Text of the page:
WASHINGTON (JTA) — President Barack Obama said the United States wants to see concrete measures from Israel and the Palestinians.
"What we want to do is step back from the abyss," Obama told reporters at a news conference Tuesday with Jordanian King Abdullah II, who is visiting Washington. "As hard it is, as difficult as it may be, the prospect of peace still exists."
The president said the sides would have to make "hard choices" and take "concrete steps."
"My hope would be that over the next several months that you start seeing gestures of good faith on all sides," he said. "The parties in the region probably have a pretty good recognition of what intermediate steps can be taken to encourage confidence-building measures."
Obama said he would meet the new Israeli prime minister, Benjamin Netanyahu, in the United States, although he did not say when. He suggested that such a meeting was delayed in part because of the newness of Netanyahu’s coalition.
"It was a very complicated process for" the Israeli government "to put a coalition together, they are going to have to formulate and solidify position," he said before adding immediately, "We can’t talk forever."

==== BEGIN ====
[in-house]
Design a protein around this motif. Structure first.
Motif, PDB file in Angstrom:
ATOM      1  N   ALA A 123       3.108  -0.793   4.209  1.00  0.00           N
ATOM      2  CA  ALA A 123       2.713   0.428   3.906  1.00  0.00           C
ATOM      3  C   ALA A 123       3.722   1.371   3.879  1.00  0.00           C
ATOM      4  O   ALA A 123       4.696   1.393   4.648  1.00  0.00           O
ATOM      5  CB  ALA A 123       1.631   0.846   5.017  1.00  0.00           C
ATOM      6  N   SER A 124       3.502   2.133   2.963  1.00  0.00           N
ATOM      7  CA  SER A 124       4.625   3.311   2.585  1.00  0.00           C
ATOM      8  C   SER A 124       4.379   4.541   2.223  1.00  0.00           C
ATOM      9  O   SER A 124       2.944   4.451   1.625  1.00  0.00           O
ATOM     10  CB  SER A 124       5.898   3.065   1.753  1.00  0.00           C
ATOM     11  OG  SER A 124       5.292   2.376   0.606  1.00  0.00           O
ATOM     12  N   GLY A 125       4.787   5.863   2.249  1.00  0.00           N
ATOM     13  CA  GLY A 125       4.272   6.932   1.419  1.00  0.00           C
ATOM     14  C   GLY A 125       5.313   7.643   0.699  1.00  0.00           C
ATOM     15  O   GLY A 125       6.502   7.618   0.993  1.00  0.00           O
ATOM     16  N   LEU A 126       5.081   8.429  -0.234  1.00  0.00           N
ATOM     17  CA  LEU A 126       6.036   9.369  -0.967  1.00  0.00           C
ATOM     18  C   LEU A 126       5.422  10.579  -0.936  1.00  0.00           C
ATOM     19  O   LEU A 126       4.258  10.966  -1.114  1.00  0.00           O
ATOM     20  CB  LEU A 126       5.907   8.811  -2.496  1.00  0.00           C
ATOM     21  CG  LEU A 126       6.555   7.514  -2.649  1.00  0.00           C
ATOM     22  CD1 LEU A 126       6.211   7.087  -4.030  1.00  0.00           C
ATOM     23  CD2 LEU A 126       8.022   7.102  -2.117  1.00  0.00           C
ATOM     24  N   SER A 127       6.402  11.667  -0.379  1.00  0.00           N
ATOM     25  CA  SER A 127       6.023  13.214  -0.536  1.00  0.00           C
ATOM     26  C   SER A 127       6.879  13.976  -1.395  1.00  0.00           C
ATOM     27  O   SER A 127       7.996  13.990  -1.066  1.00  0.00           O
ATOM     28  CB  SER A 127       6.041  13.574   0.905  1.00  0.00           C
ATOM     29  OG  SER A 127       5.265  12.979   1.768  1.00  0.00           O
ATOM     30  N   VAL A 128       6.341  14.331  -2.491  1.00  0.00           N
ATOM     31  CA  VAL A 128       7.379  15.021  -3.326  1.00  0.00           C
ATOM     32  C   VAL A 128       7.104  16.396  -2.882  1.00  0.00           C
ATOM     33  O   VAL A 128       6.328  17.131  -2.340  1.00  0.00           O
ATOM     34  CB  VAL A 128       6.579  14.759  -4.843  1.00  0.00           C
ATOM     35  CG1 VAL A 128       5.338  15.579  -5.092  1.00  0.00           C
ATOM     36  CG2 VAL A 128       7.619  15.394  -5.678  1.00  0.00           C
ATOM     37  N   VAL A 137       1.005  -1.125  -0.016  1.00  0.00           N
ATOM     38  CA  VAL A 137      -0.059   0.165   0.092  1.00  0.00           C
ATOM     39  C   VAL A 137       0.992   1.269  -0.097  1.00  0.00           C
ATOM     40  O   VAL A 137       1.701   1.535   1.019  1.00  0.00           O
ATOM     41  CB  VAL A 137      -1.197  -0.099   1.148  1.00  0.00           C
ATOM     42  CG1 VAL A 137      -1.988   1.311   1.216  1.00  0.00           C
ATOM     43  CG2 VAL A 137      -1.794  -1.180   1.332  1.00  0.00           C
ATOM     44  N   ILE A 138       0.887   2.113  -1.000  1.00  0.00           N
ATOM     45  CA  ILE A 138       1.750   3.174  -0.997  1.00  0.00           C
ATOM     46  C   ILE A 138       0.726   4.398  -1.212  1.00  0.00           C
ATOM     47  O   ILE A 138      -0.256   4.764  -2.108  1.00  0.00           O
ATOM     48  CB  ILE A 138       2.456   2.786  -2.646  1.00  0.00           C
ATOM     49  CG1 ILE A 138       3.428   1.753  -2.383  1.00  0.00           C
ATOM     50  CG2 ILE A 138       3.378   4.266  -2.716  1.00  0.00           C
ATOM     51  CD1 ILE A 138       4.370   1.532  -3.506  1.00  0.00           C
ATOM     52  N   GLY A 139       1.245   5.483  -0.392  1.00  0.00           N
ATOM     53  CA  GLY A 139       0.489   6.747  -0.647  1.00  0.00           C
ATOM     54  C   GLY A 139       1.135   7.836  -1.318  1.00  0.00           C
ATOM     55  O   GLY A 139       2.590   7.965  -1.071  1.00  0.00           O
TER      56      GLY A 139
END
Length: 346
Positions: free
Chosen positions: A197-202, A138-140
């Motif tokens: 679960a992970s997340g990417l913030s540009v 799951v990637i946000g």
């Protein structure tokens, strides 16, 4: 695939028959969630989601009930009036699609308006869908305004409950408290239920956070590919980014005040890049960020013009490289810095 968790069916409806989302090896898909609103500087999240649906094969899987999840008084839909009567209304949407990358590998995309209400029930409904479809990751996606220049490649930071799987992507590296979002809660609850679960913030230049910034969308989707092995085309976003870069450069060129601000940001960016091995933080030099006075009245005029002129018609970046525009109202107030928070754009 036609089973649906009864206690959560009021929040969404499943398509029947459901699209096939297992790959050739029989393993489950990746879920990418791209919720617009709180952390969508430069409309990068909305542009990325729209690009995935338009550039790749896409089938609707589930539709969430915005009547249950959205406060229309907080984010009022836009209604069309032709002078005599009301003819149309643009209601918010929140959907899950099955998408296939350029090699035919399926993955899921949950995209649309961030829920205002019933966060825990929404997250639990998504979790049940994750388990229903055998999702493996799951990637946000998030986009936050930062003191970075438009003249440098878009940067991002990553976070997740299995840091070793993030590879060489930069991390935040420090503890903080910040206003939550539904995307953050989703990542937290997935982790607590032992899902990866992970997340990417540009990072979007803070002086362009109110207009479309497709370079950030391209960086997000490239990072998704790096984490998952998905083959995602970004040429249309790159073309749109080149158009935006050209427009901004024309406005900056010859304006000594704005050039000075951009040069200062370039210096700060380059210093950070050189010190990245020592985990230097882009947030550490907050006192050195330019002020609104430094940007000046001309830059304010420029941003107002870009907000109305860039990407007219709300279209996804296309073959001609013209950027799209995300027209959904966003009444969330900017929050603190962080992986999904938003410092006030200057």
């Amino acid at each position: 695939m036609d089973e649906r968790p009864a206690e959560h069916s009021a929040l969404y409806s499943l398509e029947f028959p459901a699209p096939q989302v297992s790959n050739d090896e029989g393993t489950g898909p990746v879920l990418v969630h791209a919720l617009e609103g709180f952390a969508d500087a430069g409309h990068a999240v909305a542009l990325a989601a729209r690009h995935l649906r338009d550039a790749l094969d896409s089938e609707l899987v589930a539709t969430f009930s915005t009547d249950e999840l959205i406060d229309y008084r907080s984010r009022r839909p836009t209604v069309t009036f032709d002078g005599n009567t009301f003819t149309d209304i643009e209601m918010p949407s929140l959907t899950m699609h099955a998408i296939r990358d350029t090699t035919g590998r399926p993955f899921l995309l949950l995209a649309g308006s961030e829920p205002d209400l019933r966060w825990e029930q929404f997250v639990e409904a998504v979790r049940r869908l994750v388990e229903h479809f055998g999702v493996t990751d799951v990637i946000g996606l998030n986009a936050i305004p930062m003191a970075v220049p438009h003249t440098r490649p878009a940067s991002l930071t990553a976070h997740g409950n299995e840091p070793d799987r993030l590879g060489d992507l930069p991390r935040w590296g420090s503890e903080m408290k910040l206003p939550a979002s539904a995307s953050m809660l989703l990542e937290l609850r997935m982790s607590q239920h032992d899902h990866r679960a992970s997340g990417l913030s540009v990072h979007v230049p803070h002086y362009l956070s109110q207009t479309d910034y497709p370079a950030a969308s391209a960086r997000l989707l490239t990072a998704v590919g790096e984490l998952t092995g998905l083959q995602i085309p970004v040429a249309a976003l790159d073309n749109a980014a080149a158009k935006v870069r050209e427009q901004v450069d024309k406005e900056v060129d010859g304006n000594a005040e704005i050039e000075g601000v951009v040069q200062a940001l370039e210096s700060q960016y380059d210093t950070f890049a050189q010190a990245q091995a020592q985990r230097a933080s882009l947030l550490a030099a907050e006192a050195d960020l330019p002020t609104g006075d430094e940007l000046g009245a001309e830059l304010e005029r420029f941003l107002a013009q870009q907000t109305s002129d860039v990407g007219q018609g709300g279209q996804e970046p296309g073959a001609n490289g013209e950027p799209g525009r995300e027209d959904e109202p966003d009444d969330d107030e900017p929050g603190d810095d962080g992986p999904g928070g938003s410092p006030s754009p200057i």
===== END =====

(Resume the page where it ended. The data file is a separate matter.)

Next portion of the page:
Obama also addressed Iranian President Mahmoud Ahmadinejad’s speech Monday in Geneva describing Israel as a "racist" state, calling it "appalling" and "harmful." The president said, however, that his outreach to Iran was on track.
"We’re under no illusions," he said. "Iran is a very complicated country with a lot of different power centers. The Supreme Leader Khameini is the person who exercises the most control over the policies of the Islamic Republic."
Obama said he would "continue to pursue the possibility of improved relations and a resolution of some of the issues," citing specifically nuclear issues.
Later, Obama’s spokesman, Robert Gibbs said the White House would soon finalize dates for separate visits by Netanyahu; Mahmoud Abbas, the Palestinian Authority president; and Hosni Mubarak, the Egyptian president.